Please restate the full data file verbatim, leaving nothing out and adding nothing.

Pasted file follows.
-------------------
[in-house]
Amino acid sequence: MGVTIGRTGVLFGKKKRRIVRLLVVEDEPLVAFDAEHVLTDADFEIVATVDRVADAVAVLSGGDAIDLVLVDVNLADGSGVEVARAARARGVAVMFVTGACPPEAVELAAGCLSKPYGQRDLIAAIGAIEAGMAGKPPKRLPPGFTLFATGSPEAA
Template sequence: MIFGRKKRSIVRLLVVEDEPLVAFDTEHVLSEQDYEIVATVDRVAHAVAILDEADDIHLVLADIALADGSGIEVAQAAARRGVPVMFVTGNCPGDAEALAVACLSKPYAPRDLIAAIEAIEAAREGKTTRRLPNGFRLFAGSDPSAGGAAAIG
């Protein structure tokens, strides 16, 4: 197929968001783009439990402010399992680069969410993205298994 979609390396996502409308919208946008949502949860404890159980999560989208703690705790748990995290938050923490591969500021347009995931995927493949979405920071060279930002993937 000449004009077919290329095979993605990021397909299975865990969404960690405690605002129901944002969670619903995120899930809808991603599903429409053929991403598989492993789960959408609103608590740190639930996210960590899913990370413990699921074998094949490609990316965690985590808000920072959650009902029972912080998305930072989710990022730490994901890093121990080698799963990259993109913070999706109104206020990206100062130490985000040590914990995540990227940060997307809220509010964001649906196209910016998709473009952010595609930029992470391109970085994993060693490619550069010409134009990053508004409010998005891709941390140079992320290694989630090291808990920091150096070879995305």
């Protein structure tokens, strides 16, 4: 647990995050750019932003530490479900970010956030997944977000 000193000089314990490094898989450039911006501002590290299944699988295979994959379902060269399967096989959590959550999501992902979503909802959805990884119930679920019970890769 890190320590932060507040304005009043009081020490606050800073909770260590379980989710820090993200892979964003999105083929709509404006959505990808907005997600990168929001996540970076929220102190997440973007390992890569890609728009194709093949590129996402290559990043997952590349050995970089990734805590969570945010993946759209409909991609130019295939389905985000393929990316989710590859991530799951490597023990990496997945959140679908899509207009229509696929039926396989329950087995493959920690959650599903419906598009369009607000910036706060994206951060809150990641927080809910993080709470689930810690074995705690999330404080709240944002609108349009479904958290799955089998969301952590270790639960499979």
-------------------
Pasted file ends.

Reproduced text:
[in-house]
Amino acid sequence: MGVTIGRTGVLFGKKKRRIVRLLVVEDEPLVAFDAEHVLTDADFEIVATVDRVADAVAVLSGGDAIDLVLVDVNLADGSGVEVARAARARGVAVMFVTGACPPEAVELAAGCLSKPYGQRDLIAAIGAIEAGMAGKPPKRLPPGFTLFATGSPEAA
Template sequence: MIFGRKKRSIVRLLVVEDEPLVAFDTEHVLSEQDYEIVATVDRVAHAVAILDEADDIHLVLADIALADGSGIEVAQAAARRGVPVMFVTGNCPGDAEALAVACLSKPYAPRDLIAAIEAIEAAREGKTTRRLPNGFRLFAGSDPSAGGAAAIG
């Protein structure tokens, strides 16, 4: 197929968001783009439990402010399992680069969410993205298994 979609390396996502409308919208946008949502949860404890159980999560989208703690705790748990995290938050923490591969500021347009995931995927493949979405920071060279930002993937 000449004009077919290329095979993605990021397909299975865990969404960690405690605002129901944002969670619903995120899930809808991603599903429409053929991403598989492993789960959408609103608590740190639930996210960590899913990370413990699921074998094949490609990316965690985590808000920072959650009902029972912080998305930072989710990022730490994901890093121990080698799963990259993109913070999706109104206020990206100062130490985000040590914990995540990227940060997307809220509010964001649906196209910016998709473009952010595609930029992470391109970085994993060693490619550069010409134009990053508004409010998005891709941390140079992320290694989630090291808990920091150096070879995305």
């Protein structure tokens, strides 16, 4: 647990995050750019932003530490479900970010956030997944977000 000193000089314990490094898989450039911006501002590290299944699988295979994959379902060269399967096989959590959550999501992902979503909802959805990884119930679920019970890769 890190320590932060507040304005009043009081020490606050800073909770260590379980989710820090993200892979964003999105083929709509404006959505990808907005997600990168929001996540970076929220102190997440973007390992890569890609728009194709093949590129996402290559990043997952590349050995970089990734805590969570945010993946759209409909991609130019295939389905985000393929990316989710590859991530799951490597023990990496997945959140679908899509207009229509696929039926396989329950087995493959920690959650599903419906598009369009607000910036706060994206951060809150990641927080809910993080709470689930810690074995705690999330404080709240944002609108349009479904958290799955089998969301952590270790639960499979």